Hong Kong: The Playground

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Sometimes I have to think, or have to stop thinking. My head produces thoughts, scenarios, images, stories. My head is pretty much a multiplex. So I choose a place, which becomes my place where I go to think, or stop thinking. I calm down, I mentally write speeches, seek solutions to problems, I put in order my mind, take decisions, sit down. Or just breathe. Enjoy the internal silence.

As a kid I went to my parents camp on the lake, a camper village amidst the greenery. I crossed the net and climbed over the hill above the baths. I knew I could find a better, cleaner and not smelling place. But places, like people and moments you can’t choose them, they come this way and you keep them. From above I saw the lake, the furnace, the hills, the sunset, the lightning during a thunderstorm, the rainbow afterwards. I stayed there as long as the mosquitoes did not slaughter my legs, until the rain bore my bones, until my head was emptied, the feelings calmed down.

In Alessandria, I walked back and forth in Via Roma, the pedestrian street in the City center, usually full of people. It is not true that you need a silent and empty place to think … indeed. The lights in shop windows, the pungent and damp winter cold, the smell of the roasted chestnuts, the strange faces, the local accent all relaxing things for me.

At Aiello, I walked up to the Miceu Mill, picked berries, ran with Argo, caressed him, jumped the puddles, breathed in the smell of fields and fertilizer. Then he slid happy into the middle of the flower meadow dangling out his tongue and I was calm again.

In Shanghai, I went around the city with an electric scooter risking my life at every corner. It would be that I was concentrating on the road, but I was calming myself in a lash of eyelashes.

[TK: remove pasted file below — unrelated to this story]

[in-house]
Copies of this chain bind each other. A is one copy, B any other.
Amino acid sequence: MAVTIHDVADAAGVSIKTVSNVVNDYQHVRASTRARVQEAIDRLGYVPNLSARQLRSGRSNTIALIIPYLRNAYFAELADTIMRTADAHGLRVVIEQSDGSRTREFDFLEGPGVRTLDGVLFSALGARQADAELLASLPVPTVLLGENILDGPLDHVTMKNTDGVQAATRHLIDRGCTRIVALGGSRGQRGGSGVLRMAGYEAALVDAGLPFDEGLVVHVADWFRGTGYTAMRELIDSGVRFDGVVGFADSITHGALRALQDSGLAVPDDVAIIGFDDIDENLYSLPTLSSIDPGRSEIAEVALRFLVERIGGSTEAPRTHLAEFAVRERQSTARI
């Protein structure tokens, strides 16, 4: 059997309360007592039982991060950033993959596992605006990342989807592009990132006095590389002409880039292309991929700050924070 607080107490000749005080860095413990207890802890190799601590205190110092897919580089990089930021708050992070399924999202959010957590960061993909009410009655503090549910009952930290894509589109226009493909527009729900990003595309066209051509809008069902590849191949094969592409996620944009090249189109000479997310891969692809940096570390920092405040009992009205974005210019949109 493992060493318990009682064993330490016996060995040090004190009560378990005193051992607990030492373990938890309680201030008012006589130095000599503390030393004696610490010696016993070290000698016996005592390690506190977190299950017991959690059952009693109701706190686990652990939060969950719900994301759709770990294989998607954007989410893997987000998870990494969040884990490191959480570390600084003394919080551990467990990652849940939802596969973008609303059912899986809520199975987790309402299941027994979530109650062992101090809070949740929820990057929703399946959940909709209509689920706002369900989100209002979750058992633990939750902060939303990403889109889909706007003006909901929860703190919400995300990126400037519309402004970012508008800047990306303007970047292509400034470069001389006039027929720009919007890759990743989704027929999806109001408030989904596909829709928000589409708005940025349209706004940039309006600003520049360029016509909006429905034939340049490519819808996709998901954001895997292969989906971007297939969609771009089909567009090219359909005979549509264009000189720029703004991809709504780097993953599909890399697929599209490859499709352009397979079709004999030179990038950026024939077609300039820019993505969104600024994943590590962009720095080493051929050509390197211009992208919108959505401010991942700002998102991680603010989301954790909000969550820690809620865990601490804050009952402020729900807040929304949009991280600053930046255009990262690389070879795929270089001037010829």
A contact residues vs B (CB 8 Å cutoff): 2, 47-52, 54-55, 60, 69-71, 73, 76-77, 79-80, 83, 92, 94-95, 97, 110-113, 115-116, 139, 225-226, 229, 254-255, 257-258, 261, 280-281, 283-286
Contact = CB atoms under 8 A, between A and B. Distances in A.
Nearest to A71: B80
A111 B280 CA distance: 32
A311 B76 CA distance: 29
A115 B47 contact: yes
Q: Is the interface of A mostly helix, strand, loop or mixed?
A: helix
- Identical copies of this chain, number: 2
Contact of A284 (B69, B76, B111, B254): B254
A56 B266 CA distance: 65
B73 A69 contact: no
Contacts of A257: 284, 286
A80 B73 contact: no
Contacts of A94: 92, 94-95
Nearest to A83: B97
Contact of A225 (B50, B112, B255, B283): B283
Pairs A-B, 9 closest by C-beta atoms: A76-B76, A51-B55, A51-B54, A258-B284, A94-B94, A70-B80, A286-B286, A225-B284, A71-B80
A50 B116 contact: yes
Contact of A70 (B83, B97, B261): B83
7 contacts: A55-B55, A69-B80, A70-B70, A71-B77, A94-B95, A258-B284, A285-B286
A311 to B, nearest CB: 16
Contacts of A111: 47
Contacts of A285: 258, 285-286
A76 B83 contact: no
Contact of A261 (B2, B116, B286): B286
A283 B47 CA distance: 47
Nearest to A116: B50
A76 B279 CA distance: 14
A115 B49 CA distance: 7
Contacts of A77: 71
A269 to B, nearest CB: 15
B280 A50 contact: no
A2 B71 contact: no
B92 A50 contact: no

Here in Hong Kong, I go to Wan Chai Playground. Like today. It is raining. I sit on the wet bench and fix my feet. I have horrible flats, I would like to have Air Jordans. I would like to have healthy knees. I would like to go in the midst of those sixteen-year-old boys who are playing in the rain and show them how to do it. Before having all the places listed above, I had basketball. I had the field, the workouts, the sweat, the dressing room, the adrenaline, and it was enough for everything.

The ball rolls over to me, a Chinese kid drowned in rain and sweat looks at me. I collect it with my left hand and with a perfect whip I send the ball fast like a bomb to his chest. He looks shocked.

“Hey buddy, a playmaker who deserve respects must know how to use the left hand.”

 He stares at me for a moment, stunned. Maybe he thinks:

 “Look at this lady, she crushed my chest, she is Michael Jordan’s sis.”

Or maybe:

“Look at this lady, she think she is 20, go home old woman.”

I’ll never know, but at the end he smiles at me. When you love this game, you will love it forever. I know, he knows.

What a relaxing place the playground. This is MY place.




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